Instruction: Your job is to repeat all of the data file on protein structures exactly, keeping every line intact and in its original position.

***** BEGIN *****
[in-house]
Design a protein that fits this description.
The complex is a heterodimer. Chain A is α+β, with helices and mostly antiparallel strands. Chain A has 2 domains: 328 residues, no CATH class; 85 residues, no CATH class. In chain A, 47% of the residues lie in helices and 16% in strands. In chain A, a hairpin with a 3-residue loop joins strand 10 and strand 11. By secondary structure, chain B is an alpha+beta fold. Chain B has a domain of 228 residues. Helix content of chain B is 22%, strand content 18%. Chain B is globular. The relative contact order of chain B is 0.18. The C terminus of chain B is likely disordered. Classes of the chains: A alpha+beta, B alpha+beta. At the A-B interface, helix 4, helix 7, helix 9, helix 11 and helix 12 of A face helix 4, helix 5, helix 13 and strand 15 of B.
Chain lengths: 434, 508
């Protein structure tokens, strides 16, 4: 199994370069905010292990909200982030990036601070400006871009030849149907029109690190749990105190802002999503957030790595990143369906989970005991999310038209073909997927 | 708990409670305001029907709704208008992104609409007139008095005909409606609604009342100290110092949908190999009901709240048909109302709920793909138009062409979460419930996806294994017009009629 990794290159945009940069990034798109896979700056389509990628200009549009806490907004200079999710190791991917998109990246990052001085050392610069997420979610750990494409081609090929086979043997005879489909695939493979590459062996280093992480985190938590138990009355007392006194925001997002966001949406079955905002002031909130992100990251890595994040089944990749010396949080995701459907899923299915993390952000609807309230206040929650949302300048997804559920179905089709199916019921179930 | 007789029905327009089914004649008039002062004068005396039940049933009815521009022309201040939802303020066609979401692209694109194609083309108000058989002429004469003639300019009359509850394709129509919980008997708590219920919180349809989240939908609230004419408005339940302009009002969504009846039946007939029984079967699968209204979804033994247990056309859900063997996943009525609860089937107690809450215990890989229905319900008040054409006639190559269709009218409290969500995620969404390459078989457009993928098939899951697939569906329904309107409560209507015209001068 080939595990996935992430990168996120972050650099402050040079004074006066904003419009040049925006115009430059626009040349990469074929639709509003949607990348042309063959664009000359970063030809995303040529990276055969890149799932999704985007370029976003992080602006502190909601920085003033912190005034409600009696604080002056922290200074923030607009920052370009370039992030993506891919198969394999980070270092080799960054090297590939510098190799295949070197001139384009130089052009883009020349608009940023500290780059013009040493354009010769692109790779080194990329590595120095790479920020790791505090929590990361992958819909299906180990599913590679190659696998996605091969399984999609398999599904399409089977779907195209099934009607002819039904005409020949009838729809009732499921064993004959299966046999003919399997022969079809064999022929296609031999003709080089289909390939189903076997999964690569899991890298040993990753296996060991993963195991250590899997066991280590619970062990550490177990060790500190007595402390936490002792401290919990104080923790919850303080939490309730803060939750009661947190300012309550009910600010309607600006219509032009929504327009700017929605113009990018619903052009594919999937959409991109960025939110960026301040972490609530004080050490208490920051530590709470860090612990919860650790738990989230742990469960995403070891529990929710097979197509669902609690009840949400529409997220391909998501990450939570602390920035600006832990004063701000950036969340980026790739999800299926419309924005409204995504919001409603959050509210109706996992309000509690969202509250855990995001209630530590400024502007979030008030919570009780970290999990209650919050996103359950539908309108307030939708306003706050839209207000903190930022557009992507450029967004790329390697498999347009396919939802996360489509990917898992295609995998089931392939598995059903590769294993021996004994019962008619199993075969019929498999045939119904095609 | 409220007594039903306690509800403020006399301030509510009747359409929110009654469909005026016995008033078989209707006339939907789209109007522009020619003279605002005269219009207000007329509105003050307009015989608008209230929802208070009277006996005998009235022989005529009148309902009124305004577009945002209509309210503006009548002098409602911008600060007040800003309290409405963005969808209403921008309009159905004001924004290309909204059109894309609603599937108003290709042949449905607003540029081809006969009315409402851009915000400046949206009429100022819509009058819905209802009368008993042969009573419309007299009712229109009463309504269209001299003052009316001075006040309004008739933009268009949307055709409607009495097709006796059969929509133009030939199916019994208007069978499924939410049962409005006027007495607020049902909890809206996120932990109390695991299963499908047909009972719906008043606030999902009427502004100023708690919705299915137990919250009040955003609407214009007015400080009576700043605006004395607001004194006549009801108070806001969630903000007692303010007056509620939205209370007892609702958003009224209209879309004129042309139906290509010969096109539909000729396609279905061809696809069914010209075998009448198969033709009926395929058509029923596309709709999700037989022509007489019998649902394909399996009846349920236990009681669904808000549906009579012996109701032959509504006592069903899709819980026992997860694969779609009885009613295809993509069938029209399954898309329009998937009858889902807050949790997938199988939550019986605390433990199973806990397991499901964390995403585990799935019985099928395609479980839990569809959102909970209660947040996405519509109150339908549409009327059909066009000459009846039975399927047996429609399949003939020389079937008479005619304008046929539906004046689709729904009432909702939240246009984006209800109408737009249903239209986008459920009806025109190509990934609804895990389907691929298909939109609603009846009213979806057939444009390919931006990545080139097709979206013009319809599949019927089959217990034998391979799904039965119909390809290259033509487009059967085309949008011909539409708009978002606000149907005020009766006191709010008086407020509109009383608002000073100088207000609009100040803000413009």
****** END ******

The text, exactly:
[in-house]
Design a protein that fits this description.
The complex is a heterodimer. Chain A is α+β, with helices and mostly antiparallel strands. Chain A has 2 domains: 328 residues, no CATH class; 85 residues, no CATH class. In chain A, 47% of the residues lie in helices and 16% in strands. In chain A, a hairpin with a 3-residue loop joins strand 10 and strand 11. By secondary structure, chain B is an alpha+beta fold. Chain B has a domain of 228 residues. Helix content of chain B is 22%, strand content 18%. Chain B is globular. The relative contact order of chain B is 0.18. The C terminus of chain B is likely disordered. Classes of the chains: A alpha+beta, B alpha+beta. At the A-B interface, helix 4, helix 7, helix 9, helix 11 and helix 12 of A face helix 4, helix 5, helix 13 and strand 15 of B.
Chain lengths: 434, 508
């Protein structure tokens, strides 16, 4: 199994370069905010292990909200982030990036601070400006871009030849149907029109690190749990105190802002999503957030790595990143369906989970005991999310038209073909997927 | 708990409670305001029907709704208008992104609409007139008095005909409606609604009342100290110092949908190999009901709240048909109302709920793909138009062409979460419930996806294994017009009629 990794290159945009940069990034798109896979700056389509990628200009549009806490907004200079999710190791991917998109990246990052001085050392610069997420979610750990494409081609090929086979043997005879489909695939493979590459062996280093992480985190938590138990009355007392006194925001997002966001949406079955905002002031909130992100990251890595994040089944990749010396949080995701459907899923299915993390952000609807309230206040929650949302300048997804559920179905089709199916019921179930 | 007789029905327009089914004649008039002062004068005396039940049933009815521009022309201040939802303020066609979401692209694109194609083309108000058989002429004469003639300019009359509850394709129509919980008997708590219920919180349809989240939908609230004419408005339940302009009002969504009846039946007939029984079967699968209204979804033994247990056309859900063997996943009525609860089937107690809450215990890989229905319900008040054409006639190559269709009218409290969500995620969404390459078989457009993928098939899951697939569906329904309107409560209507015209001068 080939595990996935992430990168996120972050650099402050040079004074006066904003419009040049925006115009430059626009040349990469074929639709509003949607990348042309063959664009000359970063030809995303040529990276055969890149799932999704985007370029976003992080602006502190909601920085003033912190005034409600009696604080002056922290200074923030607009920052370009370039992030993506891919198969394999980070270092080799960054090297590939510098190799295949070197001139384009130089052009883009020349608009940023500290780059013009040493354009010769692109790779080194990329590595120095790479920020790791505090929590990361992958819909299906180990599913590679190659696998996605091969399984999609398999599904399409089977779907195209099934009607002819039904005409020949009838729809009732499921064993004959299966046999003919399997022969079809064999022929296609031999003709080089289909390939189903076997999964690569899991890298040993990753296996060991993963195991250590899997066991280590619970062990550490177990060790500190007595402390936490002792401290919990104080923790919850303080939490309730803060939750009661947190300012309550009910600010309607600006219509032009929504327009700017929605113009990018619903052009594919999937959409991109960025939110960026301040972490609530004080050490208490920051530590709470860090612990919860650790738990989230742990469960995403070891529990929710097979197509669902609690009840949400529409997220391909998501990450939570602390920035600006832990004063701000950036969340980026790739999800299926419309924005409204995504919001409603959050509210109706996992309000509690969202509250855990995001209630530590400024502007979030008030919570009780970290999990209650919050996103359950539908309108307030939708306003706050839209207000903190930022557009992507450029967004790329390697498999347009396919939802996360489509990917898992295609995998089931392939598995059903590769294993021996004994019962008619199993075969019929498999045939119904095609 | 409220007594039903306690509800403020006399301030509510009747359409929110009654469909005026016995008033078989209707006339939907789209109007522009020619003279605002005269219009207000007329509105003050307009015989608008209230929802208070009277006996005998009235022989005529009148309902009124305004577009945002209509309210503006009548002098409602911008600060007040800003309290409405963005969808209403921008309009159905004001924004290309909204059109894309609603599937108003290709042949449905607003540029081809006969009315409402851009915000400046949206009429100022819509009058819905209802009368008993042969009573419309007299009712229109009463309504269209001299003052009316001075006040309004008739933009268009949307055709409607009495097709006796059969929509133009030939199916019994208007069978499924939410049962409005006027007495607020049902909890809206996120932990109390695991299963499908047909009972719906008043606030999902009427502004100023708690919705299915137990919250009040955003609407214009007015400080009576700043605006004395607001004194006549009801108070806001969630903000007692303010007056509620939205209370007892609702958003009224209209879309004129042309139906290509010969096109539909000729396609279905061809696809069914010209075998009448198969033709009926395929058509029923596309709709999700037989022509007489019998649902394909399996009846349920236990009681669904808000549906009579012996109701032959509504006592069903899709819980026992997860694969779609009885009613295809993509069938029209399954898309329009998937009858889902807050949790997938199988939550019986605390433990199973806990397991499901964390995403585990799935019985099928395609479980839990569809959102909970209660947040996405519509109150339908549409009327059909066009000459009846039975399927047996429609399949003939020389079937008479005619304008046929539906004046689709729904009432909702939240246009984006209800109408737009249903239209986008459920009806025109190509990934609804895990389907691929298909939109609603009846009213979806057939444009390919931006990545080139097709979206013009319809599949019927089959217990034998391979799904039965119909390809290259033509487009059967085309949008011909539409708009978002606000149907005020009766006191709010008086407020509109009383608002000073100088207000609009100040803000413009």